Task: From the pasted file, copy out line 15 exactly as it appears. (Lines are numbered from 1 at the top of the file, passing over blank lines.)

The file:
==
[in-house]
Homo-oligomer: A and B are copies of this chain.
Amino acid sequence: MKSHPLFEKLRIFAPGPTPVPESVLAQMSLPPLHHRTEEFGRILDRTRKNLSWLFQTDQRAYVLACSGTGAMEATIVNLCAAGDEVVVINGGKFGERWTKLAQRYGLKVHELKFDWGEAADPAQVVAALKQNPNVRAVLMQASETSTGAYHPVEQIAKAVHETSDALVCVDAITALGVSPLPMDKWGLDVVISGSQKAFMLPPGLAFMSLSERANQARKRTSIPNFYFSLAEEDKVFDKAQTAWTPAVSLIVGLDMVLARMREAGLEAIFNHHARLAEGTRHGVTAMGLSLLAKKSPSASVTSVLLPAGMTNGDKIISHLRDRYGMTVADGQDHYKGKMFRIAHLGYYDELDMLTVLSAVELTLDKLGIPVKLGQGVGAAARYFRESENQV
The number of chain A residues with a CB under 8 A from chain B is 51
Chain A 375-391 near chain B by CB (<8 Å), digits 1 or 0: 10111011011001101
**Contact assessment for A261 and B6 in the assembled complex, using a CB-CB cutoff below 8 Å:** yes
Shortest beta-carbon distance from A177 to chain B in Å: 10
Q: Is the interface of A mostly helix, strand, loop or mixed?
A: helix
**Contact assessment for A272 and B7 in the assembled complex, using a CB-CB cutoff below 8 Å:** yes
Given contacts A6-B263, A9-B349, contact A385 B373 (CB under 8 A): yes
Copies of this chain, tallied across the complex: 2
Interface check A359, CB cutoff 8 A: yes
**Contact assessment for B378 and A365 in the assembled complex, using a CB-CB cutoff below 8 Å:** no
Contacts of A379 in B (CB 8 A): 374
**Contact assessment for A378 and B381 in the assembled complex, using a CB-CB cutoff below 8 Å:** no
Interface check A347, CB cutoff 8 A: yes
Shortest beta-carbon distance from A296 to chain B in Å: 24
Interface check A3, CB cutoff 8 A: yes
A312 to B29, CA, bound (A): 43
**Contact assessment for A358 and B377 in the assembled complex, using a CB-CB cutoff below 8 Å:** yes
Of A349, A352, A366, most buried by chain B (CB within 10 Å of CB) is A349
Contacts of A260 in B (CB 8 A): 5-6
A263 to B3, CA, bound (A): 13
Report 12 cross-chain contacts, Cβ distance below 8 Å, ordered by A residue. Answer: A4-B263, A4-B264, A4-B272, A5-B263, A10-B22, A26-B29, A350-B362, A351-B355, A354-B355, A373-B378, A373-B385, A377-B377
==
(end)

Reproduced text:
Contacts of A379 in B (CB 8 A): 374